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Playwrighting: Lex Orandi, Lex Credendi (Part I)

August 28, 2012

Oedipus and the SphinxAristotle is a master categorizer, which is why I’ve frequently relied on his Poetics around here when reviewing plays. He took the plays of his time, analyzed them, and put that analysis into a slim field guide on the nature of the beast. Some of his analysis may be a little off when applied to the plays of our day and some of his categories more confusing than helpful at times, but he give us a place to start, which is more than I can say for most modern writers.

Despite his dissection of theatre and all of his ideas about hamartia, catharsis, and structure, Aristotle really boils all of art, and therefore theatre, down to one thing: imitation. At a time when literal shit on a stick can be considered art, the essence of art as imitation is an important and helpful thing to keep in mind. It can be dangerous to rely on pagan thought for our definitions, but Aristotle’s skill for observation brings him closer than most, even though he inevitably misses the mark at some point or another.

Growing out of this theory of art as imitation comes Aristotle’s famed Six Elements of Drama[1]: Action or Plot, Character, Thought or Theme, Word, Song, and Spectacle. Playwrights and actors make their imitation in Action and Character, by means of the overall Thought of the play as whole, using the tools of Word, Song, and Spectacle.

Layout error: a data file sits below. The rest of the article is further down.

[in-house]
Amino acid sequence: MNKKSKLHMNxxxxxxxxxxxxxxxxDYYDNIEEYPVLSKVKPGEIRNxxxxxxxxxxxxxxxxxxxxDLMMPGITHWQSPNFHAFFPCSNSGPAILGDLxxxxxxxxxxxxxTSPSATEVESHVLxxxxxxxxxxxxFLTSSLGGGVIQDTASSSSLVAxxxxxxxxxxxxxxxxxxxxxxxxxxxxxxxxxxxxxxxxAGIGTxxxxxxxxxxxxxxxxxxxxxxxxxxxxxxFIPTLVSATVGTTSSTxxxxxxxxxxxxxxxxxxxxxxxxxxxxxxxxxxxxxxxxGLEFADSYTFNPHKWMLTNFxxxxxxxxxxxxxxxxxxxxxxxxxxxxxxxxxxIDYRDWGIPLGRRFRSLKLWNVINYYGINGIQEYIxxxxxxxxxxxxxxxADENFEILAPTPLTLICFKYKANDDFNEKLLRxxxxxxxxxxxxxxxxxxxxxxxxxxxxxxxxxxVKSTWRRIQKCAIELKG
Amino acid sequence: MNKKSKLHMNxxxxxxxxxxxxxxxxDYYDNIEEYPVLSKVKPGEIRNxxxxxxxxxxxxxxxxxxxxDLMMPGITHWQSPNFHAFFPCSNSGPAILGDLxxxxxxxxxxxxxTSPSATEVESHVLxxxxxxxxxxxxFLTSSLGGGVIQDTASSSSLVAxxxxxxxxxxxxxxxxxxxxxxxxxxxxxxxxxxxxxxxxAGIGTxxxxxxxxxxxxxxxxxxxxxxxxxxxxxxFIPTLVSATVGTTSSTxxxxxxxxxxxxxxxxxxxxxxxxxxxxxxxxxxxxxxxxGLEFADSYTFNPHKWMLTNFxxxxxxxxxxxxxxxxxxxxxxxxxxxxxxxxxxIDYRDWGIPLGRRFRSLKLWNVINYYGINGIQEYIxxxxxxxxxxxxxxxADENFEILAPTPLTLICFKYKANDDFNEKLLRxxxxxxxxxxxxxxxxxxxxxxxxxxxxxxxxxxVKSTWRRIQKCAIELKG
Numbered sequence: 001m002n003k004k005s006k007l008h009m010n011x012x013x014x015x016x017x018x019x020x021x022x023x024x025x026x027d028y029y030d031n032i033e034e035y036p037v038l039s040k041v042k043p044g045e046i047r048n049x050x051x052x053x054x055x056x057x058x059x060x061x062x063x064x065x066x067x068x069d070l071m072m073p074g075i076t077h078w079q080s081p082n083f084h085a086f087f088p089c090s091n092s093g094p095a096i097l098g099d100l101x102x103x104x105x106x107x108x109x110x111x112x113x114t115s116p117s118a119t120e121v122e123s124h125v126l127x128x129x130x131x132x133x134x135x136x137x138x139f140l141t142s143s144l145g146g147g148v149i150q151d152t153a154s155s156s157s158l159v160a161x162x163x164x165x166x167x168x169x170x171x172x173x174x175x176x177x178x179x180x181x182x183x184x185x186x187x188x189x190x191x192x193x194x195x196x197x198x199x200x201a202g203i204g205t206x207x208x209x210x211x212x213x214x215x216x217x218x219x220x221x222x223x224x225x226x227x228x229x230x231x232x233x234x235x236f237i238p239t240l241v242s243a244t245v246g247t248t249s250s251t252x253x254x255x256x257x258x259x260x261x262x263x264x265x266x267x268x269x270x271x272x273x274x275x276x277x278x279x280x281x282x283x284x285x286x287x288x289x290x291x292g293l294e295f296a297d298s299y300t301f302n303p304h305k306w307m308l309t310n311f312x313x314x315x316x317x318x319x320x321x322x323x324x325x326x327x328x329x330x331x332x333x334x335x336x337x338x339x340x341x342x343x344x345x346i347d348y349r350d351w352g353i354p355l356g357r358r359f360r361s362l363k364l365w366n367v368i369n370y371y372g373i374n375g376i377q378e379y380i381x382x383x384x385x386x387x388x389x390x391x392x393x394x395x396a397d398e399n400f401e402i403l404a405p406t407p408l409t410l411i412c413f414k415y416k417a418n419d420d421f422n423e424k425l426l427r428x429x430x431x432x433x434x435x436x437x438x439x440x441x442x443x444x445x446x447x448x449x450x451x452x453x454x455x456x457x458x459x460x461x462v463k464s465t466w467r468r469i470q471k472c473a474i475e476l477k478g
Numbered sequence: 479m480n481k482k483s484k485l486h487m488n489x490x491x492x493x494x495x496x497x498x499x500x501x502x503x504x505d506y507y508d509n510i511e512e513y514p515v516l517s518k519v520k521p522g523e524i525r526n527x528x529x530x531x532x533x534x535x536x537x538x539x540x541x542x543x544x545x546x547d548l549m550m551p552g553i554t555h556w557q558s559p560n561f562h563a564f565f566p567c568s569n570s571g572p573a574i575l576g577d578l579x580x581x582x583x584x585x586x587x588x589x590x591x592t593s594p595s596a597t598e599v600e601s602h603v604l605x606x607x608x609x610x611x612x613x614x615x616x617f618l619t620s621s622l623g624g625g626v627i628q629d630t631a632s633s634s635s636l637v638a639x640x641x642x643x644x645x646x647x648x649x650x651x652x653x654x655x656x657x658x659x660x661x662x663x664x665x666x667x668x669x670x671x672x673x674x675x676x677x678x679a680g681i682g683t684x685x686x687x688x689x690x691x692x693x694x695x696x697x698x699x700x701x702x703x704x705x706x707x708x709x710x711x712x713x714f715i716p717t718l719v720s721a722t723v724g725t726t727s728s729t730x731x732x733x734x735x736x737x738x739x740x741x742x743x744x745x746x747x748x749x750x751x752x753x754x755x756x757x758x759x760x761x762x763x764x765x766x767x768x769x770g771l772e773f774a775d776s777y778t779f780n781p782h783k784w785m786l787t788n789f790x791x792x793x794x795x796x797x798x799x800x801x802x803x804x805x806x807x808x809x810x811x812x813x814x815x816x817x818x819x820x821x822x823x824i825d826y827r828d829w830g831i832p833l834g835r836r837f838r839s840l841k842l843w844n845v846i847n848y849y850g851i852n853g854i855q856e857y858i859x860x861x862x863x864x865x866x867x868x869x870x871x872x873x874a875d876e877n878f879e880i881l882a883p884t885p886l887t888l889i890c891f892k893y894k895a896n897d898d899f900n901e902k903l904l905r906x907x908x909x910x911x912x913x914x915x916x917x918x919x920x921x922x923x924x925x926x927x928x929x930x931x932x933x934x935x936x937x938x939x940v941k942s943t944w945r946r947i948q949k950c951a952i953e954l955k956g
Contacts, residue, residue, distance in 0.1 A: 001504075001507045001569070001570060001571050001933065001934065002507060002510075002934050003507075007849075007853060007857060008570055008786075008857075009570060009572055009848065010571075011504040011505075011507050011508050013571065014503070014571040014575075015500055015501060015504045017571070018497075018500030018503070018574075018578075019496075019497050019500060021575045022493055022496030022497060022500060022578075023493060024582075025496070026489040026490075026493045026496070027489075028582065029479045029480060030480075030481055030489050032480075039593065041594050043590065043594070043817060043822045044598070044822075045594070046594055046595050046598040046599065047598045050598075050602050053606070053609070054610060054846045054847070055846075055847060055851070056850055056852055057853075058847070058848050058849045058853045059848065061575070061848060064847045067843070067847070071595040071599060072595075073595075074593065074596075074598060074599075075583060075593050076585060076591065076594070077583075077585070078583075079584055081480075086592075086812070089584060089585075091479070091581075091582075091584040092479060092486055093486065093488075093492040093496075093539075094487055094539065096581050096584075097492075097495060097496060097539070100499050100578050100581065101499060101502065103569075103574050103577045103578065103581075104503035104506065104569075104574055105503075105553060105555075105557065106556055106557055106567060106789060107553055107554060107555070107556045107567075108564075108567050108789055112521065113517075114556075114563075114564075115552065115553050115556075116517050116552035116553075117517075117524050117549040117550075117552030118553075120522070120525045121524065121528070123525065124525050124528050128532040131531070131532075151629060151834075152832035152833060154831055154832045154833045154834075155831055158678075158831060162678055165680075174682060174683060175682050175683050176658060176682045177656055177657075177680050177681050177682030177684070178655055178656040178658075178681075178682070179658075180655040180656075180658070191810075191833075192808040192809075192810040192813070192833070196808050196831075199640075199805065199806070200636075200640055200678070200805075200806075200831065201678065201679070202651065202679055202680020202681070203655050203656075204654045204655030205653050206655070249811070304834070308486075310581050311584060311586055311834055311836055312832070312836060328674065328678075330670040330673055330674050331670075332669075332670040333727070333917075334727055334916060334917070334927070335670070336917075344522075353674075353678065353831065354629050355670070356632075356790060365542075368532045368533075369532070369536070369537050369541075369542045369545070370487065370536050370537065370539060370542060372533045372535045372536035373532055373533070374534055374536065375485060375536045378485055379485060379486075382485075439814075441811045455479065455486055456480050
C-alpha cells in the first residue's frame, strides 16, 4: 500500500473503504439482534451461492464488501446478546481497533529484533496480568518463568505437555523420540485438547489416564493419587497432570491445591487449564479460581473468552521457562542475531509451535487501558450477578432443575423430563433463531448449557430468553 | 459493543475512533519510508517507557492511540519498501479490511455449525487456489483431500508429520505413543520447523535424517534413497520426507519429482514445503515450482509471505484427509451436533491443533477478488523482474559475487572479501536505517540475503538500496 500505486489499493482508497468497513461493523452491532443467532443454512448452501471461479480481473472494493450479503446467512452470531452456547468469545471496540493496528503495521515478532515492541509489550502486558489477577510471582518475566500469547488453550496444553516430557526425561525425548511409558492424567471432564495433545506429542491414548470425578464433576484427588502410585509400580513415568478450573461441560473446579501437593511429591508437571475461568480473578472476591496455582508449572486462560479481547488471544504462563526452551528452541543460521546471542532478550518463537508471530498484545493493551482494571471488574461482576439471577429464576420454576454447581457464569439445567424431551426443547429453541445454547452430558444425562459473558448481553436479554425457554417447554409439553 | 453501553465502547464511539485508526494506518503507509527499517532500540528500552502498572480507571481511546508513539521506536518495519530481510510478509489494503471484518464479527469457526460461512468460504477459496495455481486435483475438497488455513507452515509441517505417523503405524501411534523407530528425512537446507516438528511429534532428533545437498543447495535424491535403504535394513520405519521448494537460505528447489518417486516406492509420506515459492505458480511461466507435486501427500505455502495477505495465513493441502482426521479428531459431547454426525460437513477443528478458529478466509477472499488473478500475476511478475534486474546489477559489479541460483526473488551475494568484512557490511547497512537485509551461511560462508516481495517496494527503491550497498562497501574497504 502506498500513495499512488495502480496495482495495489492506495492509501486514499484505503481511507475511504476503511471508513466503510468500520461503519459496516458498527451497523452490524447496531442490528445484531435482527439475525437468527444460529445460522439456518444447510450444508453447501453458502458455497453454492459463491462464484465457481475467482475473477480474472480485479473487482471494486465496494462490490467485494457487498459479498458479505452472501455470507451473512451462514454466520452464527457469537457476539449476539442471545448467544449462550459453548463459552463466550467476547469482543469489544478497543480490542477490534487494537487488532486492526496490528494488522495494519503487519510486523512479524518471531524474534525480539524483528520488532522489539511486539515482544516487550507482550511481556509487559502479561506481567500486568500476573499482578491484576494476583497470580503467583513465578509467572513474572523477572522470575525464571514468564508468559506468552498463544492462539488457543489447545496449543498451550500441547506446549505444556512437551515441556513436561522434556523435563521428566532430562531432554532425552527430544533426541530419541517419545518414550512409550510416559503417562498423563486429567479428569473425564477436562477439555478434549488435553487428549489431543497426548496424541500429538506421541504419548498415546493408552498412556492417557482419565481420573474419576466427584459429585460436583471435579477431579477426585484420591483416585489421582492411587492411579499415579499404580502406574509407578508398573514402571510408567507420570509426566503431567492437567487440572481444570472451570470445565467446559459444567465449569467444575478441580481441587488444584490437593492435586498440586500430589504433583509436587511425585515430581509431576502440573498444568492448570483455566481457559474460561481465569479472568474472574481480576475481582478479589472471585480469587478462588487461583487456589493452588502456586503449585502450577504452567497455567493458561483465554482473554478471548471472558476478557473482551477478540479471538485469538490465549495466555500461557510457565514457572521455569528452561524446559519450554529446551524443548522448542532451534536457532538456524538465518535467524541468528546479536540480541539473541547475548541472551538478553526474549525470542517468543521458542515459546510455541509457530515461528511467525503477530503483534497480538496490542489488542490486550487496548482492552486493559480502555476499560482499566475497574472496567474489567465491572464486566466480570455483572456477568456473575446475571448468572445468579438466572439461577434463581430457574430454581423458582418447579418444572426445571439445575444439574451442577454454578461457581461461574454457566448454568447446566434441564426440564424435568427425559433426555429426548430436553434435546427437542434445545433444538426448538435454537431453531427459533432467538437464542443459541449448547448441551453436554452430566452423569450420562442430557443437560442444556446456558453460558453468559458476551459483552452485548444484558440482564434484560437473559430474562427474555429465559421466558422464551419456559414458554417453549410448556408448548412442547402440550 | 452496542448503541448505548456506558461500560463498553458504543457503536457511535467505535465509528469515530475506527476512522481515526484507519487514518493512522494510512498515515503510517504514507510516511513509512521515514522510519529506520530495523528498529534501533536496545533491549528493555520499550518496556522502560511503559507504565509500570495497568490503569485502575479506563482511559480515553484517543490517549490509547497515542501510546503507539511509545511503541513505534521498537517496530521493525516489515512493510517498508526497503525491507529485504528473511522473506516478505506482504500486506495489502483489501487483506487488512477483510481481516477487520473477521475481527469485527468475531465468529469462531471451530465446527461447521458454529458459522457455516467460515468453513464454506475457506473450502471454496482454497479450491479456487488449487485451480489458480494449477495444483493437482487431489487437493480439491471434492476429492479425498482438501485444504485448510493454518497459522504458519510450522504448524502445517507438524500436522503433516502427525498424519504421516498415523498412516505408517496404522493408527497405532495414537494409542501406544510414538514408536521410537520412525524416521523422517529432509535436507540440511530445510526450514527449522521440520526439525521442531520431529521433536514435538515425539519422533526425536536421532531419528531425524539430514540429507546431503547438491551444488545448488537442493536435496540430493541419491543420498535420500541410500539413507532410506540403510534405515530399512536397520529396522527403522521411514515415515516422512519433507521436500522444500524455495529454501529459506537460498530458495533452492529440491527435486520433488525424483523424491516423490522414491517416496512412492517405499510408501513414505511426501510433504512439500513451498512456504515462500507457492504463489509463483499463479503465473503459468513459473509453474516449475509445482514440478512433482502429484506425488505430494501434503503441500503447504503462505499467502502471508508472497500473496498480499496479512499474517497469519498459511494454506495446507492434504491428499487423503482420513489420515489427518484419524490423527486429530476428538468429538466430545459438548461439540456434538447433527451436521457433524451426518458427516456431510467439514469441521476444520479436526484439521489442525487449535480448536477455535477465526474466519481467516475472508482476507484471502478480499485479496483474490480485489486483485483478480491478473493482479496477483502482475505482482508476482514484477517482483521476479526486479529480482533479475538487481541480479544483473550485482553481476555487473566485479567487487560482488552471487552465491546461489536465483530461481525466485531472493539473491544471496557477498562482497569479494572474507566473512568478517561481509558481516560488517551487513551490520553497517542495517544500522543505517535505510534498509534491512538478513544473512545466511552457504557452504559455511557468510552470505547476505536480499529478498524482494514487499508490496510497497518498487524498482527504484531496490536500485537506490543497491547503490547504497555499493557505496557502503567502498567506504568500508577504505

These Six Elements and their ultimate inseparableness quickly gave rise to the playwright’s very own chicken-and-egg question: Does the character inform the action? Or the action the character?

The answer has more to do with theology and liturgy than the modern American might like to think.


1. Aristotle actually calls these the Elements of Tragedy. Originally, Poetics had a second part dealing with the nature of comic or satyr plays, but that bit was swallowed up in the fire at the Library of Alexandria. (I don’t wanna talk about it.) The general consensus is the Elements couldn’t really have differed that much, as the satyr plays of Greece were akin to the modern farce, which relies on type plots and stock characters, involving word, song, and spectacle in service to a more ignoble theme. Additionally, the resurrection of Christ has overcome all tragedies, turning them into something deeply comedic. That’s where the elements particular to tragedy (such as hamartia & catharsis) really start to get fun.


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